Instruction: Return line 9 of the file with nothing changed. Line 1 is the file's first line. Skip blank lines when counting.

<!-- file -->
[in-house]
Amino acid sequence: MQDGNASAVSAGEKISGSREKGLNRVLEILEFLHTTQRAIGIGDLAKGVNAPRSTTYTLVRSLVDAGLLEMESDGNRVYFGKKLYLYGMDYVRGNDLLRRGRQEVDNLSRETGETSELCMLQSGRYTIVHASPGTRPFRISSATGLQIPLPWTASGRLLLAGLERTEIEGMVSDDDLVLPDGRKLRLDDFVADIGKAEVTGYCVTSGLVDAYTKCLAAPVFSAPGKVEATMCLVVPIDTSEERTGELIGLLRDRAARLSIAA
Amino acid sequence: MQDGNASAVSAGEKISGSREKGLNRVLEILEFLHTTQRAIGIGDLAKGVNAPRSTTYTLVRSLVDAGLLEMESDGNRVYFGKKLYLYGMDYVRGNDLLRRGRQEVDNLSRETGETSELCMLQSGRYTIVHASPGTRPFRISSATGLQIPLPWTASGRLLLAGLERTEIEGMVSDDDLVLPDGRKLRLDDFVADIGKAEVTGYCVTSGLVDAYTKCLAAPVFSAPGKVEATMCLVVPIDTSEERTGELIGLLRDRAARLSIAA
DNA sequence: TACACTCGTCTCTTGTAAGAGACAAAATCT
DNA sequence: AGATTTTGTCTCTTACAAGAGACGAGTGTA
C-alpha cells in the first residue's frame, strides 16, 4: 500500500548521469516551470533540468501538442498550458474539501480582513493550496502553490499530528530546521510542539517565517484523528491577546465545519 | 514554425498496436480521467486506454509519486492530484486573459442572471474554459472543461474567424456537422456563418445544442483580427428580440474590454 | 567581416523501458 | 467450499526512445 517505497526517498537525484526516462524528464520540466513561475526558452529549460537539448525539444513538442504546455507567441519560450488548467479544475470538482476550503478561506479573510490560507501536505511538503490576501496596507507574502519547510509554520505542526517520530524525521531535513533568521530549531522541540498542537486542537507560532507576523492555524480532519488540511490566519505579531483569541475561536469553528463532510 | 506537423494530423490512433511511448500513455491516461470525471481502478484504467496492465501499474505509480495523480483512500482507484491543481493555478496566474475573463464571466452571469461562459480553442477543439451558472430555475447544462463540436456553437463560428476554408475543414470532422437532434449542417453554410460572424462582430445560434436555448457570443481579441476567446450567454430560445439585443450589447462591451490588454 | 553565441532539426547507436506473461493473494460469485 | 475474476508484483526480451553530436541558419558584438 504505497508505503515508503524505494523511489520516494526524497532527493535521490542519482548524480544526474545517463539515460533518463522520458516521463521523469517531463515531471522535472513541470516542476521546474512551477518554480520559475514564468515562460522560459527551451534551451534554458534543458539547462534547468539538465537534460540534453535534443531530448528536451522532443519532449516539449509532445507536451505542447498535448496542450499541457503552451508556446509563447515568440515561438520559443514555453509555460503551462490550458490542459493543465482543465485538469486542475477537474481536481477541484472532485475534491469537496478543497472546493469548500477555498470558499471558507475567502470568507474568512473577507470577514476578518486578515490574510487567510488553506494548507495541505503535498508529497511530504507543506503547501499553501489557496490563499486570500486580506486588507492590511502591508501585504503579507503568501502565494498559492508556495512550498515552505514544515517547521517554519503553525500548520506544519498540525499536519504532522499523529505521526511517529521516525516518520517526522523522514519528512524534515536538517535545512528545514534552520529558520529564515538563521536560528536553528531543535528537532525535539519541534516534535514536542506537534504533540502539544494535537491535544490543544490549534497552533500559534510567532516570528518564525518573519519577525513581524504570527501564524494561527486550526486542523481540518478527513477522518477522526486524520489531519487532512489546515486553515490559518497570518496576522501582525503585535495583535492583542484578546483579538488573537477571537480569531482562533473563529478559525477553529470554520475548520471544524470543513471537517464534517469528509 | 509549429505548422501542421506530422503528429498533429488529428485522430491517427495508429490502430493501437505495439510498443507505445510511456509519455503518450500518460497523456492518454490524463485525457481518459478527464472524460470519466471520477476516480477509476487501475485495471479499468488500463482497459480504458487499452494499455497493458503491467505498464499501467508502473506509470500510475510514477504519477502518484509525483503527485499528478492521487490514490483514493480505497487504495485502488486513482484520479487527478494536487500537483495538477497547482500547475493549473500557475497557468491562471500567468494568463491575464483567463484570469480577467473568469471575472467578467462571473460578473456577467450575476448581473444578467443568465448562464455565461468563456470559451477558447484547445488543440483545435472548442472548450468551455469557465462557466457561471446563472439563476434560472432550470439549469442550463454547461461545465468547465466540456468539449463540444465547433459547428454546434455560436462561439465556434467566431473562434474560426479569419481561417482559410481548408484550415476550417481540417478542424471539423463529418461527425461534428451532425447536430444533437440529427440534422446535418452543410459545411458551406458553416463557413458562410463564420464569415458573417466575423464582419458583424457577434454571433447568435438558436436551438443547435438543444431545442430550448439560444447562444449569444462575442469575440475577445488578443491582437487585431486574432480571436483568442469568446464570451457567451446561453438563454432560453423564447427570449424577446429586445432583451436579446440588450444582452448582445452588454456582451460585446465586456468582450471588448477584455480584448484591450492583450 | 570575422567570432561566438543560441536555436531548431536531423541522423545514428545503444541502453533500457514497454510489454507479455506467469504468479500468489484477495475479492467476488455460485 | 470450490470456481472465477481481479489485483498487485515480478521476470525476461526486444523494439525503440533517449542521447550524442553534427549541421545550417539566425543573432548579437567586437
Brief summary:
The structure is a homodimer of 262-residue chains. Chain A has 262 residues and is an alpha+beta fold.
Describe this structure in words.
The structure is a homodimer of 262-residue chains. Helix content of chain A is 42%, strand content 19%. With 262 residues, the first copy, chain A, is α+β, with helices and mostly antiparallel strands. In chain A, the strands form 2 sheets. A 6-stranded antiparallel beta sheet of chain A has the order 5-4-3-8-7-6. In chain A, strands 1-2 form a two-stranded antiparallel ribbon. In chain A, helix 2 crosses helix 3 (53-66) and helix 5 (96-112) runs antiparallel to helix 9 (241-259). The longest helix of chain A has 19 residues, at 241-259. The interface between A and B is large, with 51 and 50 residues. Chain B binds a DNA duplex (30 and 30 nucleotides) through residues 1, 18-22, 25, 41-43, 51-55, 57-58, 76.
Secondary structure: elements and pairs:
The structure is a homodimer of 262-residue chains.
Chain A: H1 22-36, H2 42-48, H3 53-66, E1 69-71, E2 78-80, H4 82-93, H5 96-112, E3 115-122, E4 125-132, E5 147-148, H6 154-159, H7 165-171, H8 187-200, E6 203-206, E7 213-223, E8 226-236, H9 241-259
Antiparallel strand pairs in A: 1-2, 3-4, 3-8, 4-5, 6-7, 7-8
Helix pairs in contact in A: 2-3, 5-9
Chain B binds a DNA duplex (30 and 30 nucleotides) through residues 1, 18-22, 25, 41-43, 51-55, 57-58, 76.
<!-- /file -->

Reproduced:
Describe this structure in words.